A haemangioma is an arteriovenous malformation or proliferation of abnormal blood vessels.
A strawberry naevus or capillary cavernous haemangioma is a raised nodular patch of strawberrycoloured skin, which can appear anywhere on the body. They usually develop in the first few weeks of life, grow to a maximum in the first year and then gradually resolve. Treatment is not required unless they involve the eye, bleed or become recurrently infected. Treatments include laser therapy and courses of steroids.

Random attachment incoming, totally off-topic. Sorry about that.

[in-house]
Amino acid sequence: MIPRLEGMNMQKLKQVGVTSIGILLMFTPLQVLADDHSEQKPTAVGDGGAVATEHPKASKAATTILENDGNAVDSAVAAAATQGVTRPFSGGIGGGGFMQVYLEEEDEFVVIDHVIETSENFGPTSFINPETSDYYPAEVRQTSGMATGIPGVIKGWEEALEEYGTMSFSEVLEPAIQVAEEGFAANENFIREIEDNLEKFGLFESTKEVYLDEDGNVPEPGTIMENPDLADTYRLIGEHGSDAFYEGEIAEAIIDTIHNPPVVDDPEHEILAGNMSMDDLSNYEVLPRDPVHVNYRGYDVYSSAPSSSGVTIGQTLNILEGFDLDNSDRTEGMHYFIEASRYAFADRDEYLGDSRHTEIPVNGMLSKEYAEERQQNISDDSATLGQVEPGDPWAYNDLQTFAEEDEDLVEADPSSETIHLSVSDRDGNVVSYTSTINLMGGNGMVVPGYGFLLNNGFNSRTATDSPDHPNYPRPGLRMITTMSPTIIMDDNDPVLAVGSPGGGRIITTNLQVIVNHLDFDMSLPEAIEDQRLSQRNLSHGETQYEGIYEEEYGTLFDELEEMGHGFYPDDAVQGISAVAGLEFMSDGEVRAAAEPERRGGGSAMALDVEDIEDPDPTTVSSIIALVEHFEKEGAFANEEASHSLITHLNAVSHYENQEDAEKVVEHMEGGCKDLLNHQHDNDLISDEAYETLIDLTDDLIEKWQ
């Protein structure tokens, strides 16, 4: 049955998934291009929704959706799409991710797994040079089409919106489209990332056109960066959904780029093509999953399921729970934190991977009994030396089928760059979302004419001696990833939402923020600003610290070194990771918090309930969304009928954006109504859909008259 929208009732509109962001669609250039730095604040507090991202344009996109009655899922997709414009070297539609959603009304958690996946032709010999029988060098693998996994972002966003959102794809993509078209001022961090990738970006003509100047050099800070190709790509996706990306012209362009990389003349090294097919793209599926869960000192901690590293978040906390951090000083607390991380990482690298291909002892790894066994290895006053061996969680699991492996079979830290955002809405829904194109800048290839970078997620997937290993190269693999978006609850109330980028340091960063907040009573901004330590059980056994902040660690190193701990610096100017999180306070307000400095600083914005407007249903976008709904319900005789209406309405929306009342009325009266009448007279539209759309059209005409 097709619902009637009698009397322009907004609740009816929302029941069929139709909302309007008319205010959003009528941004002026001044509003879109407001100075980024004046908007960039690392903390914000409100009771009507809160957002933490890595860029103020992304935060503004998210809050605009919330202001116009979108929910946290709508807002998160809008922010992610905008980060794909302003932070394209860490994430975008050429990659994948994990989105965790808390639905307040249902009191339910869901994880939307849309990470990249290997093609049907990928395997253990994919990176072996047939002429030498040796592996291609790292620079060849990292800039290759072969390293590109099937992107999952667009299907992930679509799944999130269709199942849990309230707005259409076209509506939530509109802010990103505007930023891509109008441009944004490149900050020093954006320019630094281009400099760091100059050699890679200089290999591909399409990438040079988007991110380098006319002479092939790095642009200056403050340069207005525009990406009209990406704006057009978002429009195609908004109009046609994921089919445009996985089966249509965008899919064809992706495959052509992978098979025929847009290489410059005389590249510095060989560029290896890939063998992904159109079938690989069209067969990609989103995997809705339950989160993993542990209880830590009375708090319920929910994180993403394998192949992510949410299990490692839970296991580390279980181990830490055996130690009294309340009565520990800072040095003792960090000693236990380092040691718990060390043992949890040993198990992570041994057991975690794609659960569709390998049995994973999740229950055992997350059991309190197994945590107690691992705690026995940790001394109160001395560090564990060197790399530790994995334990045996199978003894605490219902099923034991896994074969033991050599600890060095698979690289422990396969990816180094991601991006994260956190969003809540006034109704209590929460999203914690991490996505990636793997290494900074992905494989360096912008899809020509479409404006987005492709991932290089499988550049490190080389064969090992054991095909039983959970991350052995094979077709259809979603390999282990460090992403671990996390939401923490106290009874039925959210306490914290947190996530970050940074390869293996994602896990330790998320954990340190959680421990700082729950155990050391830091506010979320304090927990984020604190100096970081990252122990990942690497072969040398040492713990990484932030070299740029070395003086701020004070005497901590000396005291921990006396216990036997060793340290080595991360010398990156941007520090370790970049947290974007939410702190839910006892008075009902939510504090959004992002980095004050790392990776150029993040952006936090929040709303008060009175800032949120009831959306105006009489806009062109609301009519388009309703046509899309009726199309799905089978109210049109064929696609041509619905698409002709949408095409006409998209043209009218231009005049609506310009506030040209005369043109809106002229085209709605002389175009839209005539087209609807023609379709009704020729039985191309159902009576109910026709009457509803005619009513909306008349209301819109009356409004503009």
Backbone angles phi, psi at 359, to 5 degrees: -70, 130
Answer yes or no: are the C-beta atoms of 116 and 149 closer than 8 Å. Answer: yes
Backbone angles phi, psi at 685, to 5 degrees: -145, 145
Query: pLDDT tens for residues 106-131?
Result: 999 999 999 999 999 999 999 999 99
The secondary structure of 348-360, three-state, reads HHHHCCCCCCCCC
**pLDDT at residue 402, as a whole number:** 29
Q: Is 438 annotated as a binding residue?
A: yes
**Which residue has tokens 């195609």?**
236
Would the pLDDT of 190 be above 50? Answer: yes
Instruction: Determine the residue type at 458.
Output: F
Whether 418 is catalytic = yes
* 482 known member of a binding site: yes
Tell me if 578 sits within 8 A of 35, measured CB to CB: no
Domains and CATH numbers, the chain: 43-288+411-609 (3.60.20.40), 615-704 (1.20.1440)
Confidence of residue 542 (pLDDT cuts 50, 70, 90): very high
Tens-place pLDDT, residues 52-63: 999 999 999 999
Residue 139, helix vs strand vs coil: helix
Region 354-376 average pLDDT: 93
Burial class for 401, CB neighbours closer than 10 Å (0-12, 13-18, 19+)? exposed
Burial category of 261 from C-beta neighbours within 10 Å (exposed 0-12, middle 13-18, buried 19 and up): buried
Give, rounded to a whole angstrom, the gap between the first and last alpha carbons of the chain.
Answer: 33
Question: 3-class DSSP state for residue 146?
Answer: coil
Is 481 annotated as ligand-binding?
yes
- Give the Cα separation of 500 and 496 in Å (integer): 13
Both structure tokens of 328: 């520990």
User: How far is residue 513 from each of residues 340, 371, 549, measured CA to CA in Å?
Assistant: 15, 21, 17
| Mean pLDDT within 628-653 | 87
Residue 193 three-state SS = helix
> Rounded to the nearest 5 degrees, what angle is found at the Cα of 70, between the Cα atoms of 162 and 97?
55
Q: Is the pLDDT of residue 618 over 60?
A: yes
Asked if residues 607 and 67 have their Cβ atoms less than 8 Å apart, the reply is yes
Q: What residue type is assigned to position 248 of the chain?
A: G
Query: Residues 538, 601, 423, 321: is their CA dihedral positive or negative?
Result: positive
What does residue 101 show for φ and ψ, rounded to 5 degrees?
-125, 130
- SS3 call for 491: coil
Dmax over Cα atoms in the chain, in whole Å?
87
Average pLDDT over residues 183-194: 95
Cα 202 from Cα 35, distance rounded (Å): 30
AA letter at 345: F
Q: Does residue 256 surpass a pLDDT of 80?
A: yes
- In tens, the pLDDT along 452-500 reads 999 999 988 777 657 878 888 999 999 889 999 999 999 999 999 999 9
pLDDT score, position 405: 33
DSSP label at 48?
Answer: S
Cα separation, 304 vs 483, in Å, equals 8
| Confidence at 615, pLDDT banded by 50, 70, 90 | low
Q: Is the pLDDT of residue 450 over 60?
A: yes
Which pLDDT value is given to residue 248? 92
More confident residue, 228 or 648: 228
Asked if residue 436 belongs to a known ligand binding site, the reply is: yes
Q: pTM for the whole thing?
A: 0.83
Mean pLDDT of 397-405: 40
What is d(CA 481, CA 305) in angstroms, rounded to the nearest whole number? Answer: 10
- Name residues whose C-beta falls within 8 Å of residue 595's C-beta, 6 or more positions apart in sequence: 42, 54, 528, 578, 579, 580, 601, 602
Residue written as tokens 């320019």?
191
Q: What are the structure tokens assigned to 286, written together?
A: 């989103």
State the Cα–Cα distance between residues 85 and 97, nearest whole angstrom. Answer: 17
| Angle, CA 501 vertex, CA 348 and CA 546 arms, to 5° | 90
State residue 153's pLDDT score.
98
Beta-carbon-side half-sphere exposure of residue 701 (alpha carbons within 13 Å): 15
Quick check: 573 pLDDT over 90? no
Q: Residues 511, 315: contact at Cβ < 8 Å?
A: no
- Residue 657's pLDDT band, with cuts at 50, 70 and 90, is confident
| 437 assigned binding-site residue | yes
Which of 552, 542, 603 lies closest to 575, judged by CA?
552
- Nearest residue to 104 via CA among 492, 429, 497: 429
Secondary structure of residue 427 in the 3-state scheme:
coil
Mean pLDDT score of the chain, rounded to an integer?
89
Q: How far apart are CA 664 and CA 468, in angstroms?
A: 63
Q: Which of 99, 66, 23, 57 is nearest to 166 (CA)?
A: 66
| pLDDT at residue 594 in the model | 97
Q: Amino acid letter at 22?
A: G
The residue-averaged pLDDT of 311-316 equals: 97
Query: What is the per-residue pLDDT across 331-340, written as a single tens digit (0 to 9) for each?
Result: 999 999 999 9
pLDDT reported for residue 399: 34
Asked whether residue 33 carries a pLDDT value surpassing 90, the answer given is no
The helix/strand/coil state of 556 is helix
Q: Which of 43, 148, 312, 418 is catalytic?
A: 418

Cavernous haemangioma are larger and deeper vascular lesions, which may be covered by normal skin.
Large haemangiomas can trap platelets leading to thrombocytopenia (Kasabach–Merritt syndrome).
Port-wine stains are irregular reddish-purple macules caused by permanent vascular dilatation, which may darken and become irregular with age. They are treated with laser therapy. A port-wine stain in the ophthalmic division of the trigeminal nerve may have an associated vascular malformation in the brain or meninges leading to epilepsy, hemiplegia and developmental delay (Sturge–Weber syndrome).
Pyogenic granuloma is an acquired haemangioma consisting of a bright red or blood-crusted nodule, which often follows trauma. Surgical curettage is possible but they occasionally recur.